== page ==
Considering how popular the phrase “dog paddle” is, most people assume that all dogs are natural swimmers. However, depending on their breed, the size of their legs, or how much body fat they have, dogs may have difficulty swimming. Forcing your dog into the water is never a good idea but there are ways to help your dog become a better swimmer. Keep in mind some breeds are just not suited for swimming so talk with your veterinarian if you have any concerns.
Don’t assume your dog will just happily jump in the first time they see water. When first introducing them to swimming, start slow. Take them to a beach that allows dogs and start by keeping them where the water is really shallow before moving further in. If they appear to be apprehensive at certain depths, head back to shallower water.
Be sure to read your dog’s body language while in the water. Swimming can be both tiring and a little stressful for a dog who isn’t used to water. Always play it safe and get your dog out of the water before they become exhausted or anxious.
The actual swimming may not be what your dog will enjoy when it comes to water. They may prefer a simple game of fetch or tag in shallow water. Be sure to bring soft, floatable toys that are easy to see and a cinch for them to grab with their teeth when they are frolicking in the waves or kiddie pool.
Playing fetch in the water (or anywhere else) with nearby branches or sticks is not recommended. They could have sharp edges that could hurt the insides of your dog’s mouth. As well, they may chew through them with their teeth, causing a chocking hazard.
Life jackets made specifically for dogs have increased in popularity over the years. These jackets should fit on them comfortably, leaving them with the ability to move easily, see easily both to the left and right, and go to the bathroom without issue.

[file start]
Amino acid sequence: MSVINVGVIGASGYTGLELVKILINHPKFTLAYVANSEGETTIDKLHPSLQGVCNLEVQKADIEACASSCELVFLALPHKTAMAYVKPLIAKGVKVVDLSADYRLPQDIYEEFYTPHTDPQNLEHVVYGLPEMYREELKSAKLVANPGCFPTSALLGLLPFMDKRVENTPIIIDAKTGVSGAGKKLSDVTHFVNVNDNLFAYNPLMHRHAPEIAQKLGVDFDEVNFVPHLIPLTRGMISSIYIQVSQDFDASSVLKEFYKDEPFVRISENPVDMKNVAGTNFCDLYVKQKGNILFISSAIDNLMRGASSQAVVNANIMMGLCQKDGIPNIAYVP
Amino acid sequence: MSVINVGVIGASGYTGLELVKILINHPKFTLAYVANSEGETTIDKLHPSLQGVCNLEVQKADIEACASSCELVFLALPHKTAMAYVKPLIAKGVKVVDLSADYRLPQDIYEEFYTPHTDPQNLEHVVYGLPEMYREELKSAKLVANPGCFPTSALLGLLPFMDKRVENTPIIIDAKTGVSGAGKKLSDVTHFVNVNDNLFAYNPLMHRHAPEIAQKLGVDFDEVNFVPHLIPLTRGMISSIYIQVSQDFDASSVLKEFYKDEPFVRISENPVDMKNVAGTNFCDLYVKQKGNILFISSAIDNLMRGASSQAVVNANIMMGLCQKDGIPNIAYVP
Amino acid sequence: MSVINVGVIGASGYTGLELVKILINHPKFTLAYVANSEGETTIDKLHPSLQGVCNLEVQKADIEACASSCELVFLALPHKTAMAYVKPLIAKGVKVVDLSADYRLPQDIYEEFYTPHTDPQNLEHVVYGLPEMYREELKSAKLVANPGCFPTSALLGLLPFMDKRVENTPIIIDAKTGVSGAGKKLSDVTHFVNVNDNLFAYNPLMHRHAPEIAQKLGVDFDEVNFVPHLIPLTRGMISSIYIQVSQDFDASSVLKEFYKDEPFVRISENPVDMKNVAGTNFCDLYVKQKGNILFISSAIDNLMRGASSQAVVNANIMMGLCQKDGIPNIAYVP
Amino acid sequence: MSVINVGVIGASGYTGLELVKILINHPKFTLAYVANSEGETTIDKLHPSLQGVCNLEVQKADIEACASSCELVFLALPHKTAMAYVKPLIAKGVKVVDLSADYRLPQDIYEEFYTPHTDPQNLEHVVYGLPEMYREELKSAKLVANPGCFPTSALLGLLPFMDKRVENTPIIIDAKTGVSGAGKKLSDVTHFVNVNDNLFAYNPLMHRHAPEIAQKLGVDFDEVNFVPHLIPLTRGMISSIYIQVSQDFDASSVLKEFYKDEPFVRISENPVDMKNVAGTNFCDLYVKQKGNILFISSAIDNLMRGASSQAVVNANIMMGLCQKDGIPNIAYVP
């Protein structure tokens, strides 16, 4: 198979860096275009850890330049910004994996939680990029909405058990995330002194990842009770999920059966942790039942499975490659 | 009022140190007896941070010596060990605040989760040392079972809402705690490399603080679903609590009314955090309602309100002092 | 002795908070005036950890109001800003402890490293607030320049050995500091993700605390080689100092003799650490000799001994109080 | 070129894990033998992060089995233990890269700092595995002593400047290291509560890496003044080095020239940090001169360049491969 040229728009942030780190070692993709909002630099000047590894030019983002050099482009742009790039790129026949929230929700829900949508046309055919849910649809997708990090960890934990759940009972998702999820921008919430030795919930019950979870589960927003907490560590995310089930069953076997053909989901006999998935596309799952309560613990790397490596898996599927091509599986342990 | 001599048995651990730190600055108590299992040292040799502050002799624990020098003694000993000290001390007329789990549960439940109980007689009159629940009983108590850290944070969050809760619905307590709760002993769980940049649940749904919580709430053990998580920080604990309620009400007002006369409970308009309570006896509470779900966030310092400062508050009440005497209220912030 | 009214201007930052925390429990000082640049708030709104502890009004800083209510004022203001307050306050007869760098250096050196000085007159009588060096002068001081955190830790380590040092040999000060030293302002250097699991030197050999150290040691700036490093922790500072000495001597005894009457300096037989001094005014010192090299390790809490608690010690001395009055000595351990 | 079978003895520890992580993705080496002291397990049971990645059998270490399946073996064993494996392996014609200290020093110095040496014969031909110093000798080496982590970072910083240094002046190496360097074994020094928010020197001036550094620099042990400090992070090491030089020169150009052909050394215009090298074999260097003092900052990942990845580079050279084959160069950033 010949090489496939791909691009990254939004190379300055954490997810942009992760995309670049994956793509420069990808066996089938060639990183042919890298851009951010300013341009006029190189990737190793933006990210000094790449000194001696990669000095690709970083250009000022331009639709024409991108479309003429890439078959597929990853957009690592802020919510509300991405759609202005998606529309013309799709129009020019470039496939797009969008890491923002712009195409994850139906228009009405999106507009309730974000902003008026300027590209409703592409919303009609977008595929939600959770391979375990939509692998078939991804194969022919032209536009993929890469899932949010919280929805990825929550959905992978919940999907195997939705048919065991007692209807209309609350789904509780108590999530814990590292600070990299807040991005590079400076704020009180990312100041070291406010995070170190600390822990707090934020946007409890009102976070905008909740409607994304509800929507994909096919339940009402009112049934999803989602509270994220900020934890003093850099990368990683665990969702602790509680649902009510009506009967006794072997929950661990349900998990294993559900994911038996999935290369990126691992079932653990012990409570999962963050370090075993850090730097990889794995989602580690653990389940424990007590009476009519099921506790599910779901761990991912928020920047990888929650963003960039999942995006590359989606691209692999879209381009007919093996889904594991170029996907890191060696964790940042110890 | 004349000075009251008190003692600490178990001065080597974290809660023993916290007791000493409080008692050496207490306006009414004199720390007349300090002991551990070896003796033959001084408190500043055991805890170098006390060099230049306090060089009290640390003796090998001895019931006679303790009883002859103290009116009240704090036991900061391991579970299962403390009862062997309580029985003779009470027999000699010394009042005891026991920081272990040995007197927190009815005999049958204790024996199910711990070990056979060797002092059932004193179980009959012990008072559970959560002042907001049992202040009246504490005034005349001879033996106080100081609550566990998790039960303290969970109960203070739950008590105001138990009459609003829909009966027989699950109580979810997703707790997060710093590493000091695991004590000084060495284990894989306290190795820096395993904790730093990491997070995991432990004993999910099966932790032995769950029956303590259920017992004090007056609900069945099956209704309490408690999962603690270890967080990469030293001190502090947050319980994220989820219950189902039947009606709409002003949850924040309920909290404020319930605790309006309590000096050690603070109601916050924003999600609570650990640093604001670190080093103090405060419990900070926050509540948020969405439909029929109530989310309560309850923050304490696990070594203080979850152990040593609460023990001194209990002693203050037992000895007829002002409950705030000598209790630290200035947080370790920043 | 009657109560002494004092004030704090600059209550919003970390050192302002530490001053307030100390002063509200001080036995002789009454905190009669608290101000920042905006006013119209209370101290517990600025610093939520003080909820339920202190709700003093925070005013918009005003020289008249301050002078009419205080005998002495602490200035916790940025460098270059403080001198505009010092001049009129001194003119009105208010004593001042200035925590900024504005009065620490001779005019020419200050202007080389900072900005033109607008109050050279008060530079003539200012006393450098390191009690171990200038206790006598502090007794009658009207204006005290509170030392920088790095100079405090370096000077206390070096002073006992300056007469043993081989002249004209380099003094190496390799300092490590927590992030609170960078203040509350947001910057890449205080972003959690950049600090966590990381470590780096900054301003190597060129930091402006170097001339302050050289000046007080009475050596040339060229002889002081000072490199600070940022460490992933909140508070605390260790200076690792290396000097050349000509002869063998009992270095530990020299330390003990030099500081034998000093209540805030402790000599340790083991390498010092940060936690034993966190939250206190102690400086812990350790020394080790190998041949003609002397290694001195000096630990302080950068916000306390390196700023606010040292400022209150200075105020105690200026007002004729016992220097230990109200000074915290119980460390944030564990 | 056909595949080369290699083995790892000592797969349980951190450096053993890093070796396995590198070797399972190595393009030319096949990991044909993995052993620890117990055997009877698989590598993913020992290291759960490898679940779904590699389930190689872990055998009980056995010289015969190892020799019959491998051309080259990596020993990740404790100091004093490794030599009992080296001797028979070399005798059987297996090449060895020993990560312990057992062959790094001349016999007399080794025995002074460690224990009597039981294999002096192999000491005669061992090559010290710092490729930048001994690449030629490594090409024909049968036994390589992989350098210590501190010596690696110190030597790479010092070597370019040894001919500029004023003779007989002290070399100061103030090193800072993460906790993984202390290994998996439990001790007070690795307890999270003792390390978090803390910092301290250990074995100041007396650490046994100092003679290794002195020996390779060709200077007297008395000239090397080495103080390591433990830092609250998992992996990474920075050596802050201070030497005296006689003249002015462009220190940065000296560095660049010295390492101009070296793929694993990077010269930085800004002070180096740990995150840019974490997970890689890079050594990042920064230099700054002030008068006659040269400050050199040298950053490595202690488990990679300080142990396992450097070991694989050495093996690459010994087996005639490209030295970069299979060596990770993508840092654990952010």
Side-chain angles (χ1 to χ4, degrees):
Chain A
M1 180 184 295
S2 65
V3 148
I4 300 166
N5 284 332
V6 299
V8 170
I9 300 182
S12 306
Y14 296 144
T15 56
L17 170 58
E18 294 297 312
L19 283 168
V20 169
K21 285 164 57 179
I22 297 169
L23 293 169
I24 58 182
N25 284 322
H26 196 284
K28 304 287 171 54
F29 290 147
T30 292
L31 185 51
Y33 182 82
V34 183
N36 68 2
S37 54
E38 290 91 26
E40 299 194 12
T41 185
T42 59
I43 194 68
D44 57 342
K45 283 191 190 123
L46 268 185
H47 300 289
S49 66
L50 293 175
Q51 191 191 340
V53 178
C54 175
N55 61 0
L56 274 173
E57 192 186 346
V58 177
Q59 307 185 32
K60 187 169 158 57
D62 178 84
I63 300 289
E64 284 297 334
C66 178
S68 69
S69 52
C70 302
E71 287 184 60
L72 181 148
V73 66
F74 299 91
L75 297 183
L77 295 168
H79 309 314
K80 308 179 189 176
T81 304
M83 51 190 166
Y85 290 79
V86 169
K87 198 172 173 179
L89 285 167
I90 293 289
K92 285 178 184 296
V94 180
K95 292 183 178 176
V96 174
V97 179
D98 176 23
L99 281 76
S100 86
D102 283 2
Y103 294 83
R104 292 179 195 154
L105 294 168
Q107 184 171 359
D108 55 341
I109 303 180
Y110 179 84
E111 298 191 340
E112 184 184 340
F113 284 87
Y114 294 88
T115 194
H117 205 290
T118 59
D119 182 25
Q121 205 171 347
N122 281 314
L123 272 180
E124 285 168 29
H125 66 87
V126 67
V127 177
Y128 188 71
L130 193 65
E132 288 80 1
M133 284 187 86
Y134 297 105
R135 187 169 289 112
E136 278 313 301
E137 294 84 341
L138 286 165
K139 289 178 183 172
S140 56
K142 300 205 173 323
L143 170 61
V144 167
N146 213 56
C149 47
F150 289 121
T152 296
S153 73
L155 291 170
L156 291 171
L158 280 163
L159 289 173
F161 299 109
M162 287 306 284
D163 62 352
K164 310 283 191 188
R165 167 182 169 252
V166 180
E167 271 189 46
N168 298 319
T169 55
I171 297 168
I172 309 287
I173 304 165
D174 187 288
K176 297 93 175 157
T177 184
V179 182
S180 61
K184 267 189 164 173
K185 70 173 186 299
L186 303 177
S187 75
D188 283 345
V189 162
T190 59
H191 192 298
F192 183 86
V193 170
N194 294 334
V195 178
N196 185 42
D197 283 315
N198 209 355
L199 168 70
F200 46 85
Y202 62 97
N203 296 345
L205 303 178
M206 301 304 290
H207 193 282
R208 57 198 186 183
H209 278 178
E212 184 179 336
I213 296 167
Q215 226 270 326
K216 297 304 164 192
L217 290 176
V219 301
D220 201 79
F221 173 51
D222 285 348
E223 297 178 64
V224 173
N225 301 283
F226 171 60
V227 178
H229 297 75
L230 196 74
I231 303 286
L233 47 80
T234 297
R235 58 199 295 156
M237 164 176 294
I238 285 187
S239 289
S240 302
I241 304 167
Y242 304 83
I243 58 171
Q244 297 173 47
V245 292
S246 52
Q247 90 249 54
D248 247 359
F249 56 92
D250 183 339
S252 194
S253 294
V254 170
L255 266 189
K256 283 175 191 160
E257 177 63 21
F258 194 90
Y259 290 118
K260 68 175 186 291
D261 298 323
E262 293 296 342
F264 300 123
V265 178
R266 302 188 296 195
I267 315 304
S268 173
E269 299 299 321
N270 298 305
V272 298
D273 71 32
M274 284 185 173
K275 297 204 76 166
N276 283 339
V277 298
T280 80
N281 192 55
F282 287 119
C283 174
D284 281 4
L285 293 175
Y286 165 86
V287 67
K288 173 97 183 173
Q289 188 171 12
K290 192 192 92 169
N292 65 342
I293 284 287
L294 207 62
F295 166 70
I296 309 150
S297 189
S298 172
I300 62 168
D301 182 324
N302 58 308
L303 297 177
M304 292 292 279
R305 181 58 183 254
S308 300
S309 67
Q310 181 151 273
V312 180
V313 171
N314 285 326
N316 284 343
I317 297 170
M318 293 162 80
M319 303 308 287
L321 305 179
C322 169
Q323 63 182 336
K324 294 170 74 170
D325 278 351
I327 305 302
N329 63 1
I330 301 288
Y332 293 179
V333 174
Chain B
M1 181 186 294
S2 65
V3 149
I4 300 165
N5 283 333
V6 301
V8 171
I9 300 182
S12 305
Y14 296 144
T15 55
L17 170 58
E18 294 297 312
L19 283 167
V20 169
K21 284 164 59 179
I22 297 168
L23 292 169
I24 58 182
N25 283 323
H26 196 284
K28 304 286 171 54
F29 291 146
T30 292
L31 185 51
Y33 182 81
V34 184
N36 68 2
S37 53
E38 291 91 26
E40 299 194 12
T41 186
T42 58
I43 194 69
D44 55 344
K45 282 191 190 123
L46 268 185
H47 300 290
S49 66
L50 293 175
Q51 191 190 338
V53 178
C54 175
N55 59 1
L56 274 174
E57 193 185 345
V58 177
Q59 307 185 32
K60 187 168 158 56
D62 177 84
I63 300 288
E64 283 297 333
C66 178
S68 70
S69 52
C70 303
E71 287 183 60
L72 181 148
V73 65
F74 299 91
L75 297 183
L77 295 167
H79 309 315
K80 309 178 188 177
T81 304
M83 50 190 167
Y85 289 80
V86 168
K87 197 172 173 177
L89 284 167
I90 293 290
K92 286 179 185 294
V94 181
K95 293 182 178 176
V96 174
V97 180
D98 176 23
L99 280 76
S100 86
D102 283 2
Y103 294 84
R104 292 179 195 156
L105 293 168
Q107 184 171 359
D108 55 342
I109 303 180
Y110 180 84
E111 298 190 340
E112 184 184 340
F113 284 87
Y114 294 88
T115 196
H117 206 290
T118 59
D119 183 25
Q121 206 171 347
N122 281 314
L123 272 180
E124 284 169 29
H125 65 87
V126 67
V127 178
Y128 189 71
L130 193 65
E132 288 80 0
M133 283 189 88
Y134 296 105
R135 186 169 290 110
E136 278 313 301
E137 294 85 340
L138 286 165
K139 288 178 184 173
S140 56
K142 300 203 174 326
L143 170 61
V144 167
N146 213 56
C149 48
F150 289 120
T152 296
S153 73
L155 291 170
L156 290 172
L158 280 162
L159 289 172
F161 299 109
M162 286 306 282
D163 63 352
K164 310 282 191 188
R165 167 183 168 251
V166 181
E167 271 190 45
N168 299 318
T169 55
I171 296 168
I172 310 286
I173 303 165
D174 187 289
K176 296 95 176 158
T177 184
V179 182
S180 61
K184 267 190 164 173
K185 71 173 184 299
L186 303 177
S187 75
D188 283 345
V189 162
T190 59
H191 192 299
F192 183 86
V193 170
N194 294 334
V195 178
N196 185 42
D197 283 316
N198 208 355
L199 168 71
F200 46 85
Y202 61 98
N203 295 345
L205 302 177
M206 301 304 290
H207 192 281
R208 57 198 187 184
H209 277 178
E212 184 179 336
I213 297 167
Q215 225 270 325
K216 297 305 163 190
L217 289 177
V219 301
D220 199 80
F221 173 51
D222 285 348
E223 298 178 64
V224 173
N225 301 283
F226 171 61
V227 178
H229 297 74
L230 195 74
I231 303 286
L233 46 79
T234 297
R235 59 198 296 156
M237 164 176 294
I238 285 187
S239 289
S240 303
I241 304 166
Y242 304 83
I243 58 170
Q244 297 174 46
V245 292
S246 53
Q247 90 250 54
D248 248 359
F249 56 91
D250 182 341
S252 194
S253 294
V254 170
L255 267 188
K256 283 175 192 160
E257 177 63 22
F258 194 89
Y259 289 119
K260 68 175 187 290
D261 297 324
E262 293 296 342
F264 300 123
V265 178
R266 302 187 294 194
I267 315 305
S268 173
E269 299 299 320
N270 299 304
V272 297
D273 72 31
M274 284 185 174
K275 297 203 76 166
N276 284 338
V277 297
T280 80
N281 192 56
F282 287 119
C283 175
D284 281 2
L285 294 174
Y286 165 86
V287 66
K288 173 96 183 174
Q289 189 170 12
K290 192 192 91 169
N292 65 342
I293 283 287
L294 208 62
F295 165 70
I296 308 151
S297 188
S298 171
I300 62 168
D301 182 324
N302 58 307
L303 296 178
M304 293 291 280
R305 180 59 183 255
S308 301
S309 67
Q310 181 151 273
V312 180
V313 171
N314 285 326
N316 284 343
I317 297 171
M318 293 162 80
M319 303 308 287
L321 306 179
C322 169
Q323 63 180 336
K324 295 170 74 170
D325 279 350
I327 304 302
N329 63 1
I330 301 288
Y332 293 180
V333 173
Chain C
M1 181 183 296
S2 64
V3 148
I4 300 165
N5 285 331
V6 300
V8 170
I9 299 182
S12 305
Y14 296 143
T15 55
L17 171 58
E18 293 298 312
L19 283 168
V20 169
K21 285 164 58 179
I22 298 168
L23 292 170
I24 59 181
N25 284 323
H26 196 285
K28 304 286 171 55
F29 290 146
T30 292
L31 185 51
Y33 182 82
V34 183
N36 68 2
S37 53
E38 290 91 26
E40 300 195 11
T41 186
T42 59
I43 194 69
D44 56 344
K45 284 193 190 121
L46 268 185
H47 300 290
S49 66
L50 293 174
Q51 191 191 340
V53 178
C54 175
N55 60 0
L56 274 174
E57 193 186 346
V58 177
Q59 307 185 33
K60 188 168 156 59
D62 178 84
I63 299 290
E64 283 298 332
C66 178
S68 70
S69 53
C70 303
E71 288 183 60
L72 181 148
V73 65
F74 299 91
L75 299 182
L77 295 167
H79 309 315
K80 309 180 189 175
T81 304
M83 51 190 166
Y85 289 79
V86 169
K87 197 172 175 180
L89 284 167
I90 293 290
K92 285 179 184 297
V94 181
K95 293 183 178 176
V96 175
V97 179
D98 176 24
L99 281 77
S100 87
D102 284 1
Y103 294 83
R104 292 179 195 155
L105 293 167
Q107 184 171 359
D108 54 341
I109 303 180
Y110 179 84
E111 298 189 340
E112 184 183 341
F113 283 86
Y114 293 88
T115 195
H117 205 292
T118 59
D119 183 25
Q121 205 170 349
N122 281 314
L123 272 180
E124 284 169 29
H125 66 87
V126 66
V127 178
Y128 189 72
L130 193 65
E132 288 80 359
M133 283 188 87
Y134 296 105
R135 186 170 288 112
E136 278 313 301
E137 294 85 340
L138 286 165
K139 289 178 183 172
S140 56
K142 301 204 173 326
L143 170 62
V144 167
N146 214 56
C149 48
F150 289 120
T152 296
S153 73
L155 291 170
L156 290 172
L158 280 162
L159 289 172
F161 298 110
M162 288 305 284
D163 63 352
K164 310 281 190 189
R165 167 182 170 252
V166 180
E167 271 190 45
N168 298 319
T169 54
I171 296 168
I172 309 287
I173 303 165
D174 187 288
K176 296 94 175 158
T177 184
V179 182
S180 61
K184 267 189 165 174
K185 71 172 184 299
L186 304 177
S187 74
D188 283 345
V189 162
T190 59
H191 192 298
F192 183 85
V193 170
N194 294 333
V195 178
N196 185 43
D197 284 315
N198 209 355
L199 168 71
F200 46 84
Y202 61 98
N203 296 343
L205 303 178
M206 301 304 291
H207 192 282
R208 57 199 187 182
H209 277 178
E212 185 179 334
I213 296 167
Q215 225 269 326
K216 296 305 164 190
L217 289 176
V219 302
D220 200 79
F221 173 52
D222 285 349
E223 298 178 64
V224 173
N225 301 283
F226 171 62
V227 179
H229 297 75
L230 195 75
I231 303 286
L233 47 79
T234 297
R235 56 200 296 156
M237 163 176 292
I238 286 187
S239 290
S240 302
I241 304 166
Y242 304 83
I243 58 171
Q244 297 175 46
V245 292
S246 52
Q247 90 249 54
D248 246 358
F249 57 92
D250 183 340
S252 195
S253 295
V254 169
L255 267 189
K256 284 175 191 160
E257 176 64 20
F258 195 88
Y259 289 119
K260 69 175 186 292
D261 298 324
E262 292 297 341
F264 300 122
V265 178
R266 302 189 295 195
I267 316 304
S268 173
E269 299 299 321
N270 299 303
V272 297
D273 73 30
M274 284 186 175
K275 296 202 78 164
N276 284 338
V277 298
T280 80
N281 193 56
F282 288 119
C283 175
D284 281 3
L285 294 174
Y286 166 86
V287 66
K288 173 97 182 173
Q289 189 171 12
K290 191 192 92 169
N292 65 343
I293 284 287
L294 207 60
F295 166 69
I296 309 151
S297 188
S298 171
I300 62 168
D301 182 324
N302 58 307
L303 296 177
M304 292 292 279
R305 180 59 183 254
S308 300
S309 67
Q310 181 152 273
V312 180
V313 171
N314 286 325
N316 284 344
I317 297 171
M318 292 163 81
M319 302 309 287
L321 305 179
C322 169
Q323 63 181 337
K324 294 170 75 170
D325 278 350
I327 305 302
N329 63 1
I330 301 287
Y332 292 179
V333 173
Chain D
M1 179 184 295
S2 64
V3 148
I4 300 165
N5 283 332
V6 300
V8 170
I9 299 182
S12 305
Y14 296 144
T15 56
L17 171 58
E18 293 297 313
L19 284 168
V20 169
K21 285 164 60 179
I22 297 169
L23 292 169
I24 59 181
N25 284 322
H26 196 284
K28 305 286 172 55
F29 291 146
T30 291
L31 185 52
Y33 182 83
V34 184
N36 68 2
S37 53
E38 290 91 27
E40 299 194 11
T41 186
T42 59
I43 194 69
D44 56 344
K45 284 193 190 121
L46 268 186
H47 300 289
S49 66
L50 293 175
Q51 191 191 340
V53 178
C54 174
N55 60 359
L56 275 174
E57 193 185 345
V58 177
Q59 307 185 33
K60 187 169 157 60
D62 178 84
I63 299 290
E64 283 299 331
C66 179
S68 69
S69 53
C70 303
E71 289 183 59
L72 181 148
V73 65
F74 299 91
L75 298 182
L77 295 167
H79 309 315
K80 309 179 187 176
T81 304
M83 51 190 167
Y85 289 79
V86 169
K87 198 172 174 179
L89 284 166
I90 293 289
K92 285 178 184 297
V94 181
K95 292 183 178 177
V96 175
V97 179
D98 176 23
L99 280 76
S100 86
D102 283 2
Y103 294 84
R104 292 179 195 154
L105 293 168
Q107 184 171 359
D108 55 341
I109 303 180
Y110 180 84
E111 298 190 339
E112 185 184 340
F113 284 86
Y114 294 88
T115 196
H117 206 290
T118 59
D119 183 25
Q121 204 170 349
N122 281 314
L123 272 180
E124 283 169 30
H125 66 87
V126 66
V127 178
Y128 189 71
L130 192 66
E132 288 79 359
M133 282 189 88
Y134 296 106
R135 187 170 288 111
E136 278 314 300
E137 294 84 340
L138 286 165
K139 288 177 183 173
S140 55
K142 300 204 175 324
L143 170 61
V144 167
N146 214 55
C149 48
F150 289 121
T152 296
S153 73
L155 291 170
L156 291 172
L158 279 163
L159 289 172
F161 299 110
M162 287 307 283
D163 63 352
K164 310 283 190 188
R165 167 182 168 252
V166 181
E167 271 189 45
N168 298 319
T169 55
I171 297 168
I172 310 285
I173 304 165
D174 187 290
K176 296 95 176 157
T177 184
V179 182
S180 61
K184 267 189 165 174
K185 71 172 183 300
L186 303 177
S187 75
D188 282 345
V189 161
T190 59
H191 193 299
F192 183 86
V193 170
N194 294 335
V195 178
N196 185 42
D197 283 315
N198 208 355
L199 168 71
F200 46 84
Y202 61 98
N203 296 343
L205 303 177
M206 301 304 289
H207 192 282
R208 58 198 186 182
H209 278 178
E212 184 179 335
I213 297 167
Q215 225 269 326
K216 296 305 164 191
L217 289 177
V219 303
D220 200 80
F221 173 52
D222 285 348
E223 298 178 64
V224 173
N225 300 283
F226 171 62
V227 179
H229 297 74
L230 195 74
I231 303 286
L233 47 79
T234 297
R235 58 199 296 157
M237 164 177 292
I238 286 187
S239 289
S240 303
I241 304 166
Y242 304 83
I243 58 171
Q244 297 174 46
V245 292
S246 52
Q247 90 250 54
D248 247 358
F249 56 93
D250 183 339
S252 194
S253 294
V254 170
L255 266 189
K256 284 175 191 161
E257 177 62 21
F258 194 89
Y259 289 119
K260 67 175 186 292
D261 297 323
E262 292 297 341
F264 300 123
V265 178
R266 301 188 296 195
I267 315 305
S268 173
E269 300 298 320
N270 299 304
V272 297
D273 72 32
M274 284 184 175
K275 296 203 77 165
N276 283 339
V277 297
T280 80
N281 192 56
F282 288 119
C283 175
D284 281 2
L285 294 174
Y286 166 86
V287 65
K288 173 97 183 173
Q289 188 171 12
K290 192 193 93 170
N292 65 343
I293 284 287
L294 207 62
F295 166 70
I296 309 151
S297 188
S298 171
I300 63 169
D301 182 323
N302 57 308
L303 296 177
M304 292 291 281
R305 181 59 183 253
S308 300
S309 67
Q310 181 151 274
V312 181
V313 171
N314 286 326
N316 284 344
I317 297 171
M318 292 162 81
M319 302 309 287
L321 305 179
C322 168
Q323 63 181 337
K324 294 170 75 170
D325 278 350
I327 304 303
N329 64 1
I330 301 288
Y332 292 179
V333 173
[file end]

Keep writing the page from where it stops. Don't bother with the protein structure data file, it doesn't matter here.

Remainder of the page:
The jackets will give your pup the added ability to float without needing to paddle and will increase their confidence in the water. Life jackets are highly recommended if you are taking them on a boat, even if they are good swimmers. Most life jackets for dogs are equipped with a handle for you to quickly assist your dog out of the water when they need a break.
If your dog is a strong swimmer, they will probably enjoy swimming in pools. As fun as this may be, never leave your dog unattended and ensure they are wearing their life jacket in the water in case they get too tired to paddle during their adventure. Try to keep their swimming activities close to an easy exit out of the pool. If they can’t see an easy way out like steps, they may stay in longer and get tired out. As well, be watchful that your dog’s toenails don’t accidentally injure one of their fellow swimmer while they are dog paddling.
After your dog has spent time in the pool, they should be rinsed off with clean water so that none of the chlorine or other chemicals stays in their fur.
Going Through the Motions
Most dogs will naturally paddle their legs when in water. However, depending on the breed, they may not necessarily be able to keep afloat. Dogs with short legs may find swimming difficult as they can’t paddle their legs enough to create the thrust needed to stay above water. Meanwhile, dogs like Dobermans or Greyhounds have very little body fat, which makes it difficult for them to stay afloat.
However, no matter what breed they are, each dog is an individual. Depending on their personality, some may simply not like being in the water. If your pup just doesn’t enjoy swimming, keeping them in very shallow water may be your only option. But don’t worry, they will probably still like being in water that is just high enough to cover their paws, which is the easiest way for them to cool off when the temperatures heat up.
Whether you are introducing your pup to a pool or a beach, just be sure to start slow and limit their water activity time. Keep these tips in mind and water sports will become a fun part of your dog’s summer.